The R8 Should Be Embarrassed

The Audi TT RS Is a Supercar at a Sports Car Price Point


July 28, 2017 Cars By Photo by Bryan Campbell
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In a flat out race, it’s entirely possible the new 2018 Audi TT RS would demolish the 2012 R8 4.2-liter V8, then Audi’s top-end sports car. In fact, to make it a properly fair fight you would have to let the TT RS go up against the 2012 R8 5.2-liter V10, and even then the little front engine sports car might still have the advantage.

The numbers don’t lie, either. The new TT RS will do 0-60 mph in 3.6 seconds — a full second faster than the 2012 R8 V8. That’s because the TT RS has a 2.5-liter turbocharged five-cylinder which puts out 400 horsepower and 350 lb-ft of torque, is about 150lbs lighter and has all of its power available at a lowly 1,700 rpm. Suddenly, the R8 with its 414 hp V8 doesn’t sound all that impressive.

On track, the short wheel base of the TT gives a sense that there’s no hairpin too tight; still, any twitchiness or nervous instability that would might creep in at high-speeds is immediately negated by the quattro AWD system. Going through the Left Hander at Lime Rock Raceway and quickly into the right-hand turn four, then on to the back straight, with way more throttle dialed in than necessary, there was hardly a wiggle or slide the quattro system couldn’t reign in.

Comparisons to supercars stop at the spec sheet, though. The TT’s ridiculously small foot print and compact size made winding through narrow country back roads lined with ditches and the occasional oncoming farm truck not as nerve-racking as it would’ve been in, say, an R8. In that respect the TT is really no different than a Volkswagen Beetle. The stiffer suspension wasn’t the best match for the bumpier country roads and actually caused the car to skip around a bit when driven with some pace, but it wasn’t unbearable. My biggest qualm is with the transmission. Leave it in automatic and it works just fine on track and on the road, but in manual mode, there’s a decent lag in shift time between calling on the up- or down-shift and the actual gears changing. Placement of the paddles on the wheel itself — not the actual steering column — means that in turns that require anything close to 180 degrees or more of steering input, you’re left chasing the paddle shifters around.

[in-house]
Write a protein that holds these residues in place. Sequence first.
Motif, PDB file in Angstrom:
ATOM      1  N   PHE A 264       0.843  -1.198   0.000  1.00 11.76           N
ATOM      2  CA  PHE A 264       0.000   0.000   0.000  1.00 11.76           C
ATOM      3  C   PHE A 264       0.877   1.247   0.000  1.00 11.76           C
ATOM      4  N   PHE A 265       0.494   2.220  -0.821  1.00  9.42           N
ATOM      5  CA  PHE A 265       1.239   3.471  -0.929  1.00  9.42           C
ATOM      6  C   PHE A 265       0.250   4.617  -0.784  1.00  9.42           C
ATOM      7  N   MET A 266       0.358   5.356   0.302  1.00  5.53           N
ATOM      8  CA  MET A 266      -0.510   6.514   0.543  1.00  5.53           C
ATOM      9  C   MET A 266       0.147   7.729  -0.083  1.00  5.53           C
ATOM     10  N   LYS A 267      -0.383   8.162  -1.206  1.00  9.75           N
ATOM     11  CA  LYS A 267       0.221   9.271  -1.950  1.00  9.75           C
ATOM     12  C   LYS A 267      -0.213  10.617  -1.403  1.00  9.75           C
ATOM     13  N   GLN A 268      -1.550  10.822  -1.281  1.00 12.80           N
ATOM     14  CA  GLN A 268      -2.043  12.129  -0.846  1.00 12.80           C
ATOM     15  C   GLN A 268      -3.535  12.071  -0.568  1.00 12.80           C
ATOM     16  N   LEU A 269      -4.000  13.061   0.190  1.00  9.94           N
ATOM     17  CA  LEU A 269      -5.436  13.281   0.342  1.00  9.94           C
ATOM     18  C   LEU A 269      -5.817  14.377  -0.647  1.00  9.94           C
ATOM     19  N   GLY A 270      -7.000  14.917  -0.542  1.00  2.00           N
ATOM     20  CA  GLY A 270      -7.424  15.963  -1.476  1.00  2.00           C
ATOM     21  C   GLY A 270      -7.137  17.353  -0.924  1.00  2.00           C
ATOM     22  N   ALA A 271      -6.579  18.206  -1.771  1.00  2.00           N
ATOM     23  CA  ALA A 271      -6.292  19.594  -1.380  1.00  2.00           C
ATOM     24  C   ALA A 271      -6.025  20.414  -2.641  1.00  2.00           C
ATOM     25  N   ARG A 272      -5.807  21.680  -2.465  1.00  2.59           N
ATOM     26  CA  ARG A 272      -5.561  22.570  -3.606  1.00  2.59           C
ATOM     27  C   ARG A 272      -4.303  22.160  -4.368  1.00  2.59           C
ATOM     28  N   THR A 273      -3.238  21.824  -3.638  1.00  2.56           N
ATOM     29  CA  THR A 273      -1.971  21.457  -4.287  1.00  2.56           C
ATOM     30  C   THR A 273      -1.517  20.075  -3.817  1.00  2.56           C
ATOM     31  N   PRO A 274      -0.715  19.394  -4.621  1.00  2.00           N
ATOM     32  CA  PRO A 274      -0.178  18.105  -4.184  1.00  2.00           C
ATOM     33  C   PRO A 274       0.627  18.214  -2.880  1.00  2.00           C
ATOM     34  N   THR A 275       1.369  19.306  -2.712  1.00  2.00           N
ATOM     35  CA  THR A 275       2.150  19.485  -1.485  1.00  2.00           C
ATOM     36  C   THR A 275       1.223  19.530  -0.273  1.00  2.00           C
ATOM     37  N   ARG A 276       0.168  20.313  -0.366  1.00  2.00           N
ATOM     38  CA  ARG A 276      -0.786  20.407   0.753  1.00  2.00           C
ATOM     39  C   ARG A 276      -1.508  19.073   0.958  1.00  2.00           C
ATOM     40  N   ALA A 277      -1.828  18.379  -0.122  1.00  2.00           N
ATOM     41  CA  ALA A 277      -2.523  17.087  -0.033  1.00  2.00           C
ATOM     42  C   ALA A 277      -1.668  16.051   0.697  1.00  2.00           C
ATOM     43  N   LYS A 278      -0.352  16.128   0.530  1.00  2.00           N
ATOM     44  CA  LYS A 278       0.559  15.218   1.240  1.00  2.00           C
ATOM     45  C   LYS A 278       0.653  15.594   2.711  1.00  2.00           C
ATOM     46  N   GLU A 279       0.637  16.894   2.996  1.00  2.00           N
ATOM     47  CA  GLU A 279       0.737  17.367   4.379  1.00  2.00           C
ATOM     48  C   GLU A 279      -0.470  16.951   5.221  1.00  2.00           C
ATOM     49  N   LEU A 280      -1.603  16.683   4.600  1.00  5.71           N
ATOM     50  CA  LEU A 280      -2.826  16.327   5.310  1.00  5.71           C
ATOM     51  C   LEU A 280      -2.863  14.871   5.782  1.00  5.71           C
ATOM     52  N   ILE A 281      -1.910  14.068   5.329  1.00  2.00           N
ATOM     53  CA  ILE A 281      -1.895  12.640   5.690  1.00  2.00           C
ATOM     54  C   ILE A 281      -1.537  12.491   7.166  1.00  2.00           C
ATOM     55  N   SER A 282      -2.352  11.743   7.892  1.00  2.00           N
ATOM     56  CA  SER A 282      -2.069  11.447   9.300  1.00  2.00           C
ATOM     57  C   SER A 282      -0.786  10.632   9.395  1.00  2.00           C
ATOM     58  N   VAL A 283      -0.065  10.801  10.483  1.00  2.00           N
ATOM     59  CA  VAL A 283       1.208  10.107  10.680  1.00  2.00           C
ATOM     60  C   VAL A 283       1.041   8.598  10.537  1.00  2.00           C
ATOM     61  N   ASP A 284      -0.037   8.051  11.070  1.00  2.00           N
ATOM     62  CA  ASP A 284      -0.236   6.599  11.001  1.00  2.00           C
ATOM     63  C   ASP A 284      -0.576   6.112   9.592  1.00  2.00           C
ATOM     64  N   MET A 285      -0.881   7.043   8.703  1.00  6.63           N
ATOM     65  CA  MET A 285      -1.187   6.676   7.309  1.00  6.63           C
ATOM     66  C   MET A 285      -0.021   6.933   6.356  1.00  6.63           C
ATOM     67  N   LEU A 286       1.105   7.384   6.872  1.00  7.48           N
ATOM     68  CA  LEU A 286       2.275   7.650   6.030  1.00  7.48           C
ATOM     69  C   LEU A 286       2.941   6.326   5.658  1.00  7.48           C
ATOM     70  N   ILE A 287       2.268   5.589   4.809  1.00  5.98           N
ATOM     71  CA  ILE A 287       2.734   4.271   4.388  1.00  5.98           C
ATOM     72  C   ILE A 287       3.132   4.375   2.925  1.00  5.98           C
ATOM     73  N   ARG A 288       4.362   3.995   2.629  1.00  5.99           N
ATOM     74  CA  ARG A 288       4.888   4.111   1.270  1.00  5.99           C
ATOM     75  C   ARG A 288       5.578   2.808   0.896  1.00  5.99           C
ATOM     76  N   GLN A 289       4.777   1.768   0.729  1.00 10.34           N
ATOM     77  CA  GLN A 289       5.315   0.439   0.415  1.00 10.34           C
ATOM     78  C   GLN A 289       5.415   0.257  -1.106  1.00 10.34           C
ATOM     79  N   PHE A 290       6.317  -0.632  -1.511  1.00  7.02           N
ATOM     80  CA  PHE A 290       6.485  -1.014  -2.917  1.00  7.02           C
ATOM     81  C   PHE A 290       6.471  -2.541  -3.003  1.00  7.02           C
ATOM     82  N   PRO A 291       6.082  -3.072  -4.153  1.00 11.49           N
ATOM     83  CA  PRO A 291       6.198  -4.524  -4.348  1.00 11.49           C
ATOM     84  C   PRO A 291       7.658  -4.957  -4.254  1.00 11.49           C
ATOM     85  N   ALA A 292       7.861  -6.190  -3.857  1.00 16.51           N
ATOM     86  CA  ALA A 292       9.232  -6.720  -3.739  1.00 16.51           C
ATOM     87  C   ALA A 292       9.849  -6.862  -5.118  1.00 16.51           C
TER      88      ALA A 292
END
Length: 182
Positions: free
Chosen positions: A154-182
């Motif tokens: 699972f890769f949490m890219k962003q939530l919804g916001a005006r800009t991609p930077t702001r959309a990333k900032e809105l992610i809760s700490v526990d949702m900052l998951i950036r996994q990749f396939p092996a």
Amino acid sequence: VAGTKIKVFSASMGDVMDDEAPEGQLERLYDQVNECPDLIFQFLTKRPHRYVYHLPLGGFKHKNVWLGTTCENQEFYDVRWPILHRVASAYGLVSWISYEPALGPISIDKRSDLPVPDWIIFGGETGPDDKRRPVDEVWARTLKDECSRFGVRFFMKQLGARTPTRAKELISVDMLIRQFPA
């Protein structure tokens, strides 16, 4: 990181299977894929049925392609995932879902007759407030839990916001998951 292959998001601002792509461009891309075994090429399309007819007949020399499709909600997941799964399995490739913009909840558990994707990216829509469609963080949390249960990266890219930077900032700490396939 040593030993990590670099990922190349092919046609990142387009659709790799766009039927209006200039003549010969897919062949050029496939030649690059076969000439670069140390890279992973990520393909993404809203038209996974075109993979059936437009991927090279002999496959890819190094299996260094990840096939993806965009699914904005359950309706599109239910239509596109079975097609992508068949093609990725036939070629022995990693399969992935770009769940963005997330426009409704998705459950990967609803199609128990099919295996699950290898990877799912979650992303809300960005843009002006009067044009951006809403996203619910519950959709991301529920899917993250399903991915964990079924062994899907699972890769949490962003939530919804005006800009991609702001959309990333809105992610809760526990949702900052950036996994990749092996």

As an everyday driver, the TT RS — with its 400 horsepower, screaming inline-five, throaty exhaust and sport suspension — could prove to be a bit much. But, starting at $64,900, it’s a lot of car available at an extremely attainable price point. What Audi has essentially done is repackaged an old R8 and lowered the price. In other words, it’s one hell of a car for one hell of a deal.

Audi hosted us at Lime Rock Raceway in Connecticut for the day to experience the 2018 TT RS.

The More Practical Choice

The same wild engine as the TT RS, but with softer suspension and two extra doors, the RS3 is the more sensible of the two. Read the Story